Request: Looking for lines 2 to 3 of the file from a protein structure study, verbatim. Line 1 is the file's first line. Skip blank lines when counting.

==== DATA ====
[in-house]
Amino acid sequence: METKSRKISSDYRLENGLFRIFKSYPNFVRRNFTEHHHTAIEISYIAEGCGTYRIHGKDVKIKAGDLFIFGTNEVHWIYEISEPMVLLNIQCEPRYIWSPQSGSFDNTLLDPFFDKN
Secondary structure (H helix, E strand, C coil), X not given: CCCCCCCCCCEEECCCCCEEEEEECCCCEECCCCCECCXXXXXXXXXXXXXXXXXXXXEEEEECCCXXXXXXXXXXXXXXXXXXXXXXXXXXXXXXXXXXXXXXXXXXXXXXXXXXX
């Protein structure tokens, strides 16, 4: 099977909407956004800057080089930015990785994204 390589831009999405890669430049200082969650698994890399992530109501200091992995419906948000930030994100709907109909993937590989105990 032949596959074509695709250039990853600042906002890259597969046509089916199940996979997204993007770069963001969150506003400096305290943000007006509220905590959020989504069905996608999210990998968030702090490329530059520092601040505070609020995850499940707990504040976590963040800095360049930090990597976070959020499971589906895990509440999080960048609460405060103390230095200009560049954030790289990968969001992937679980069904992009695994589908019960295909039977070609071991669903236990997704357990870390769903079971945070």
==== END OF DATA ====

Amino acid sequence: METKSRKISSDYRLENGLFRIFKSYPNFVRRNFTEHHHTAIEISYIAEGCGTYRIHGKDVKIKAGDLFIFGTNEVHWIYEISEPMVLLNIQCEPRYIWSPQSGSFDNTLLDPFFDKN
Secondary structure (H helix, E strand, C coil), X not given: CCCCCCCCCCEEECCCCCEEEEEECCCCEECCCCCECCXXXXXXXXXXXXXXXXXXXXEEEEECCCXXXXXXXXXXXXXXXXXXXXXXXXXXXXXXXXXXXXXXXXXXXXXXXXXXX